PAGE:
Time to regulate Google

Google CEO Sundar Pichai testifies in front of Congress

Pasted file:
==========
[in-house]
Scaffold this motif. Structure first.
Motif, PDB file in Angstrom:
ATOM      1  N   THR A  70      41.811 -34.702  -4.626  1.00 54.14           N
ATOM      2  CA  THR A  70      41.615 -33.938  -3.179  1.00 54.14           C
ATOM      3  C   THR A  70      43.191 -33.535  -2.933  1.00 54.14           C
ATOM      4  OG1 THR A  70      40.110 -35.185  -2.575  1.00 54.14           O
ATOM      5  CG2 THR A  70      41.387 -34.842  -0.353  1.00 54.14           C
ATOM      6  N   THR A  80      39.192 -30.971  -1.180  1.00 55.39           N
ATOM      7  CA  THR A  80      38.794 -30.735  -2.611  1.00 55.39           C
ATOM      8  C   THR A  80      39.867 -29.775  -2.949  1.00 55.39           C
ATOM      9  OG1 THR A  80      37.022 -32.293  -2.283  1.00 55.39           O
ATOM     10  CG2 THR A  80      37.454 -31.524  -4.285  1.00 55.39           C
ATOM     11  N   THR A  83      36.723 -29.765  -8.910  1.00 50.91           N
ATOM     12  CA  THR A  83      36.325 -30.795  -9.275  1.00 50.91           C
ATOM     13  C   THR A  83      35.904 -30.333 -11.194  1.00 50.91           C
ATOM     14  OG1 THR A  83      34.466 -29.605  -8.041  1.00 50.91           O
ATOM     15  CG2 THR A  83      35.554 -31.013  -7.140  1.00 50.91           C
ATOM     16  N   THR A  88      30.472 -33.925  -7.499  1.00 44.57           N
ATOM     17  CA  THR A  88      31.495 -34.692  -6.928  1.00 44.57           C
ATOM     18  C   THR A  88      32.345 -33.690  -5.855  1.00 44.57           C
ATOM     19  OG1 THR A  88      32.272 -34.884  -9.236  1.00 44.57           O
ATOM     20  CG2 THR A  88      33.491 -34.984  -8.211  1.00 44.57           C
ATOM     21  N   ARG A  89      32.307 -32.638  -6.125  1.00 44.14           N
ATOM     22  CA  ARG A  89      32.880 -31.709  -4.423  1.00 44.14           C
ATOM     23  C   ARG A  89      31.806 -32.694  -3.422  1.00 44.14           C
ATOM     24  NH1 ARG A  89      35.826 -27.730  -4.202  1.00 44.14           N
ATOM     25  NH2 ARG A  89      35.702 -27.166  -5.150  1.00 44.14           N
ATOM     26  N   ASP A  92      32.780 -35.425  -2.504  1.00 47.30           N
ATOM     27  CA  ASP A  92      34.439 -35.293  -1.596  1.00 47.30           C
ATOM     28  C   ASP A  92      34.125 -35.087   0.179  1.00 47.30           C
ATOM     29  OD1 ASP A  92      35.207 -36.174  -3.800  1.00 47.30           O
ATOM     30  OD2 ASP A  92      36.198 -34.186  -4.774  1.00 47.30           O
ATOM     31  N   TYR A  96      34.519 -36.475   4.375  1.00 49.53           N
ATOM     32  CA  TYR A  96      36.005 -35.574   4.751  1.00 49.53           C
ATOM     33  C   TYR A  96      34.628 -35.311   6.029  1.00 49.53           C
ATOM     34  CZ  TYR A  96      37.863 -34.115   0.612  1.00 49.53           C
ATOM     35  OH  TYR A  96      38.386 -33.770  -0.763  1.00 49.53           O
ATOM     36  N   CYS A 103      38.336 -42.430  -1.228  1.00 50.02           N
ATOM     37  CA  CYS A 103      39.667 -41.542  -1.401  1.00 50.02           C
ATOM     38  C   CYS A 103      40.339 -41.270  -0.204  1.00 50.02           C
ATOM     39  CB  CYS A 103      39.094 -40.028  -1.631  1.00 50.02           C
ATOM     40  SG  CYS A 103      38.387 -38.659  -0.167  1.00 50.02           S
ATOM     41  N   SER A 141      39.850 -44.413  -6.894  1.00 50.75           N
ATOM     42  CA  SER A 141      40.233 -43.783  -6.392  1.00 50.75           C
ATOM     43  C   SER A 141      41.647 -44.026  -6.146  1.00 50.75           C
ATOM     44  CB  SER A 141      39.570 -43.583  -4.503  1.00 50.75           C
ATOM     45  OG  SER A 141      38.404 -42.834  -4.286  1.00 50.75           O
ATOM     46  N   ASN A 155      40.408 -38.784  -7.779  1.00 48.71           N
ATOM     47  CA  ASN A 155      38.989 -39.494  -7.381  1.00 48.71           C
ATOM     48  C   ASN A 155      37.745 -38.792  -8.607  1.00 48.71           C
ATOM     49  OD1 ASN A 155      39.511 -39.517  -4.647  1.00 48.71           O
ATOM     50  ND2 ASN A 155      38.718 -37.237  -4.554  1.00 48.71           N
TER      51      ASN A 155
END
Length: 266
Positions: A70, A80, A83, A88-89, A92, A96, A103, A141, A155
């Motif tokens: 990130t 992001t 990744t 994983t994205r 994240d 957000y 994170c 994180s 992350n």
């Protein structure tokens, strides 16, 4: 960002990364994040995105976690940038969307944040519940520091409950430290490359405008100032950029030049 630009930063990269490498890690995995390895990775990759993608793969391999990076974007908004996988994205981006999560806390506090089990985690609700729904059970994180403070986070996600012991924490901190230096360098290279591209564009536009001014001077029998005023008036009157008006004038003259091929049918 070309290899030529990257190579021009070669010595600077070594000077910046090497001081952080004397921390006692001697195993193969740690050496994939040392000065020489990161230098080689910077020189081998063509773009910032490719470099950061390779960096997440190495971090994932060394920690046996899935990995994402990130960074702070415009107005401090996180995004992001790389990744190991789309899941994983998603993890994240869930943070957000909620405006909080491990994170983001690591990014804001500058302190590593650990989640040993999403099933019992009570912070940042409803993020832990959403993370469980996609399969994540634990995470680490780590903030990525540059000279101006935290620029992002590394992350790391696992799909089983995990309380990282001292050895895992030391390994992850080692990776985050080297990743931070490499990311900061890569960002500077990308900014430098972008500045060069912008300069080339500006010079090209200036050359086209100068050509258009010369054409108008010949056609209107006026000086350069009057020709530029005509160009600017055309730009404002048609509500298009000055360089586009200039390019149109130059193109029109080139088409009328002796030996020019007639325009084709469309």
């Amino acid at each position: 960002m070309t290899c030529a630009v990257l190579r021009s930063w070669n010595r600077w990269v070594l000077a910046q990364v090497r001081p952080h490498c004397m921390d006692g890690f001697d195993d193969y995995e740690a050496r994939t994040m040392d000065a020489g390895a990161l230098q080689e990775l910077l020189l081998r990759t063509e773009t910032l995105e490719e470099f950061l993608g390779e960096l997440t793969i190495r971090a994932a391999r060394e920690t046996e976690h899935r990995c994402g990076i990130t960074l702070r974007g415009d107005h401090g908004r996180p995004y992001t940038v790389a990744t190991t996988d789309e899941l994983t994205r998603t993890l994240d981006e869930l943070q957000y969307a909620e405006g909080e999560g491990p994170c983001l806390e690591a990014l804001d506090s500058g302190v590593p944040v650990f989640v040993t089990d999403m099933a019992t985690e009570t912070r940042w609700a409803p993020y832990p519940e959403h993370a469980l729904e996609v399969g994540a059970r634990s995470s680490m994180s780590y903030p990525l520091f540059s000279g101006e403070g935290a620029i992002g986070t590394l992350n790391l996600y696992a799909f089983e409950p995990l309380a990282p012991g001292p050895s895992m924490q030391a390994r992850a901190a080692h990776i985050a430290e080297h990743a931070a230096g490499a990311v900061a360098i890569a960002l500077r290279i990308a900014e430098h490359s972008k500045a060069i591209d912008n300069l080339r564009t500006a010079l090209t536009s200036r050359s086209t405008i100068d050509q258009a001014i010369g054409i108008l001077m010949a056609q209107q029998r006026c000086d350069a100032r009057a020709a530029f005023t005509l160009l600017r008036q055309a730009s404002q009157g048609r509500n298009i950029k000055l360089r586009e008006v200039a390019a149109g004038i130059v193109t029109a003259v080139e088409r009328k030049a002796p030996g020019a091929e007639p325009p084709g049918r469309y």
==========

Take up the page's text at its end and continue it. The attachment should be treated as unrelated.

It was nice to see Google CEO Sundar Pichai testify on Capitol Hill in December. Sadly the committee asked the wrong questions. Pichai needed to be asked about protecting consumers on their platform. Google doesn’t allow businesses to use PO Boxes for their GMB listings, then why are spammers able to continue to create these listings? Surely Google would be able to create a database where they kept all of the Po Box addresses and anytime a listing is created using one, they could automatically suspend it. It is in their TOS. Google picks and chooses when to uphold their Terms of Services. It is Google’s platform and they are either unwilling to or completely inept to police their platform. Google is a monopoly when it comes to search. They have map packs and knowledge panels to display the results of business for consumers. The problem is consumers are playing a bad game of Russian roulette with fake listings or unscrupulous businesses with fake reviews. Mr. Pichai needs to be asked about protecting its users. Google used to have the moto don’t be evil. That moto is long gone and seems to be replaced with see no evil. Prostitution is illegal, yet spammers have been able to create listings for erotic massages and escort services offering sex for sale. The laws clearly state that is is illegal, yet spammers keep creating these listings and using Google’s categories for illegal services. Google does a better job of regulating their PPC or paid ads platform and ban marketers from creating ads for these services. So why can people create these listings?